Morning Mist, Heath Township
By Micah Schwaberow
Micah Schwaberow, born in 1948, lives in Santa Rosa, California. Makulianga, traditional woodblock printing, is especially suited to Schwaberow’s skills, beliefs, and personality. He sees himself as a craftsman and likes using and caring for tools. He also likes “the challenges of figuring out all of the pieces that go together to make the final image” of a woodblock print.
In the early 1980’s Schwaberow attended master woodblock printer Toshi Yoshida’s one month class for foreigners in Miasa, Japan. But a month of woodblock printing wasn’t long enough. Back home, he worked on a print of Yoshida’s mother who was ninety years old. When Yoshida saw the finished print it convinced him Schwaberow was serious about leaming to make prints and he invited the artist to study with him for a year in Japan. With his wife Linda’s encouragement, Schwaberow and his family moved to Nagai, two hours from Tokyo, in 1982.
The first evening in Japan, sitting in Yoshida’s living room having tea, the master said, “By the way, I don’t teach.” Schwaberow realized that while in the USA “the student is like a bird with its mouth open, being fed by the teacher, in Japan it wasn’t anybody’s responsibility to teach me, it was my responsibility to learn.” With extraordinary patience and respectfulness, Schwaberow observed “the ballet” of the printmaking process and applied it to his own work. He didn’t ask questions, he just watched. “I realized my only hope was to befriend the printers and carvers.” Schwaberow never received praise from anyone and for eight months he toiled on his prints by himself while observing the others work. The printmakers laid their tools on a thick black felt while Schwaberow used an old rag. He recounts how one day, “Heihachi Komatsu, the senior printer, came by while I was printing and took my cloth rag and put down one of those black felt cloths…. I felt like it was my diploma.”
Schwaberow’s woodblock prints, which are small treasures, consist mainly of subtle landscapes, still lifes, and line drawings of the female figure. “People have often asked me why don’t I make a really large print,” explains the artist. “If I go to the beach and I pick up a broken piece of shell and it’s very beautiful to me, it never crosses my mind, if only this were six feet tall, then it would be really swell.” By working small, Schwaberow explains, he is forced to condense what he is trying to say. “If you only have a small space to work in, you have to choose carefully and everything matters. I think of my work as color haiku, large places compresses, intimate glimpses through small windows.” The artist hopes that his reverence for his subject matter comes through to the viewer and “acts as a kind of medicine, or like a little piece of healing.”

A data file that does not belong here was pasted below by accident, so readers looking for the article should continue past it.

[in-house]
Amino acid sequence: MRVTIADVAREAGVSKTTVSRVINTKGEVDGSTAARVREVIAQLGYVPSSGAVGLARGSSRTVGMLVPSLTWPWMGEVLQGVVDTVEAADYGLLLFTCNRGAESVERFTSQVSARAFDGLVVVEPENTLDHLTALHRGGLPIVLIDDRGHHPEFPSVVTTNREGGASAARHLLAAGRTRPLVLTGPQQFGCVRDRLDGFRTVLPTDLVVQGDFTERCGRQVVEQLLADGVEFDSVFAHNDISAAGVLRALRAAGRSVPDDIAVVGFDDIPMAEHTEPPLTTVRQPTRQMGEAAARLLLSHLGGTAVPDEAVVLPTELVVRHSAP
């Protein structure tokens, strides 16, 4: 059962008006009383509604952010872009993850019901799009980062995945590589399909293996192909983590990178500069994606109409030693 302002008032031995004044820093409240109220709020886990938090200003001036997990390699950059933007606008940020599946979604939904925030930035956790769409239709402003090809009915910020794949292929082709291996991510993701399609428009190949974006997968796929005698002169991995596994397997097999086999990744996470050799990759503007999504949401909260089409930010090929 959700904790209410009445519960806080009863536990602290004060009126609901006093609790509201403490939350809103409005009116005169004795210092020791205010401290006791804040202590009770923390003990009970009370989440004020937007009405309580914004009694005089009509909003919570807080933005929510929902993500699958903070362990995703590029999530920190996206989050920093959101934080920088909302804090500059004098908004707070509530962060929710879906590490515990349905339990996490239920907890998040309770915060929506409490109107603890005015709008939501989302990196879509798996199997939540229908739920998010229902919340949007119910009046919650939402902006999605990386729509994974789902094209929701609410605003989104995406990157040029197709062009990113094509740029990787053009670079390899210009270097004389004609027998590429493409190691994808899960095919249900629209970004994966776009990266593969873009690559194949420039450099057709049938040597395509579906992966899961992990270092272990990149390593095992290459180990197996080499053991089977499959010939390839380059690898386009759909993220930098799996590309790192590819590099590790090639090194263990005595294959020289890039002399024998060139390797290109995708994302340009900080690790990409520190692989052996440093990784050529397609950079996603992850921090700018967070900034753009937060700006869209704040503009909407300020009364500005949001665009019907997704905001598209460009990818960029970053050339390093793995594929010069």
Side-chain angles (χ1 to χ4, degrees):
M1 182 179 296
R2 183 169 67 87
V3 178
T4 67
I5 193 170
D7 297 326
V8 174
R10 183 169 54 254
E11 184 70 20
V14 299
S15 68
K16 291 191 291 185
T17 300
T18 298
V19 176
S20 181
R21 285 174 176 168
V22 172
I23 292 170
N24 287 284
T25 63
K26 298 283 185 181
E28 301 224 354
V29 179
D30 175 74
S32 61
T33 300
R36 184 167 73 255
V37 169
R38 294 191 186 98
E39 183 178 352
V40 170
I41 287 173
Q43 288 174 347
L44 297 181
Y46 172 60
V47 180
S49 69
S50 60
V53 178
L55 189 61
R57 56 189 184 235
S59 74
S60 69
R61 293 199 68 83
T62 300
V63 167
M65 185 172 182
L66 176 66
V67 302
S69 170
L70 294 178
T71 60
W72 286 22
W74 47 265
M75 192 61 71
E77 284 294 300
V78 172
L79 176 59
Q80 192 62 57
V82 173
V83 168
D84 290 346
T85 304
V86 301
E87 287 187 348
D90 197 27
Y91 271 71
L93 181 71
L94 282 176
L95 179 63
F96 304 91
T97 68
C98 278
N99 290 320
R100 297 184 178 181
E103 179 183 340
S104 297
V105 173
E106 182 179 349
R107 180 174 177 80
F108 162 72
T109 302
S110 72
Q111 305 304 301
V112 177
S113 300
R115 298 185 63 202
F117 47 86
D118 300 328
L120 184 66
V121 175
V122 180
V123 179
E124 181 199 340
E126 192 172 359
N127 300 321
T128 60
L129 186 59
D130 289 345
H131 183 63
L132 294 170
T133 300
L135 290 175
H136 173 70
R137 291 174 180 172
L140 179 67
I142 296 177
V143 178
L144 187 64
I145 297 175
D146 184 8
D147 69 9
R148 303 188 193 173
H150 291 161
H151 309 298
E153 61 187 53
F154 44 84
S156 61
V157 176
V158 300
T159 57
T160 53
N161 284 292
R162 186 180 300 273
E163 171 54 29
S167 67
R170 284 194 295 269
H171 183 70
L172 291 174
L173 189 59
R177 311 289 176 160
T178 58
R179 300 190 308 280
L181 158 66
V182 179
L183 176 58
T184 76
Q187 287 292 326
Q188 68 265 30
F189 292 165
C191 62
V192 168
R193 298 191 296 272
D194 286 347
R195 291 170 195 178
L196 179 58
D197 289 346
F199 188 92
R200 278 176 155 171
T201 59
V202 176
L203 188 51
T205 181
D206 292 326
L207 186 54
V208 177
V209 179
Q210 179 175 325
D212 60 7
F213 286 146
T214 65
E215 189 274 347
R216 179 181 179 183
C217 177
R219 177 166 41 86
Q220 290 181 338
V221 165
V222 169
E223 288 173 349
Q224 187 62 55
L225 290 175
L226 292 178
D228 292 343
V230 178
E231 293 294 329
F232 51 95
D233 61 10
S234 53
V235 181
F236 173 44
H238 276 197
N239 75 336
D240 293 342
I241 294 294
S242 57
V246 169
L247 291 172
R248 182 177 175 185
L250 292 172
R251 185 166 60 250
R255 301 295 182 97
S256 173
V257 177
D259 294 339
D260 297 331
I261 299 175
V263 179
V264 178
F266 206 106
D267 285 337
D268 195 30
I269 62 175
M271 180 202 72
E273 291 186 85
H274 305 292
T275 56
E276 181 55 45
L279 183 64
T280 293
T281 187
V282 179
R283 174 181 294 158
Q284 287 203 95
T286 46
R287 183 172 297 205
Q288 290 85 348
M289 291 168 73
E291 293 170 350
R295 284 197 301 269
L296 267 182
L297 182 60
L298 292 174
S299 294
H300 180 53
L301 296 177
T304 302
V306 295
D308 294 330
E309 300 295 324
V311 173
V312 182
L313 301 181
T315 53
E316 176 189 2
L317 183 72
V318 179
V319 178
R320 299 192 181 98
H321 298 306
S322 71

Schwaberow got the idea for Morning Mist, Heath Township on a trip he and his wife took around Ohio. The artist wanted to evoke a subtle misty early morning light which is difficult with a medium that has essentially hard, carved edges. “The strategies I empolyed were a close color palette, ‘feathering’ many of the carved edges, gradation printing to move the light across the surfaces, and most importantly, building all the colors in succession from all the preceding transparent layers.” It took the artist many weeks of proofing, or trial and error, to achieve a satisfactory result which meant printing 11 blocks 14 times. The edition of 250 required over 4,000 separate inkings and hand cranked passes on the press. A Herculean endeavor, Schwaberow works alone so that he can control every aspect of the process.
Micah Schwaberow is represented by the Verne Collection in Cleveland, Ohio. His work is in the collections of The Achenbach Foundation for Graphic Arts, Fine Arts Museums of San Francisco and the Cleveland Museum of Art.
Most of the material cited above comes from Michael Verne and Betsy Franco, Quiet Elegance: Japan Through The Eyes of Nine American Artists (Charles E. Tuttle Company, 1997).
"I'm interested. in honoring a small event... to help people see that they're surrounded by these small, magical events in their lives, but maybe they forgot to notice."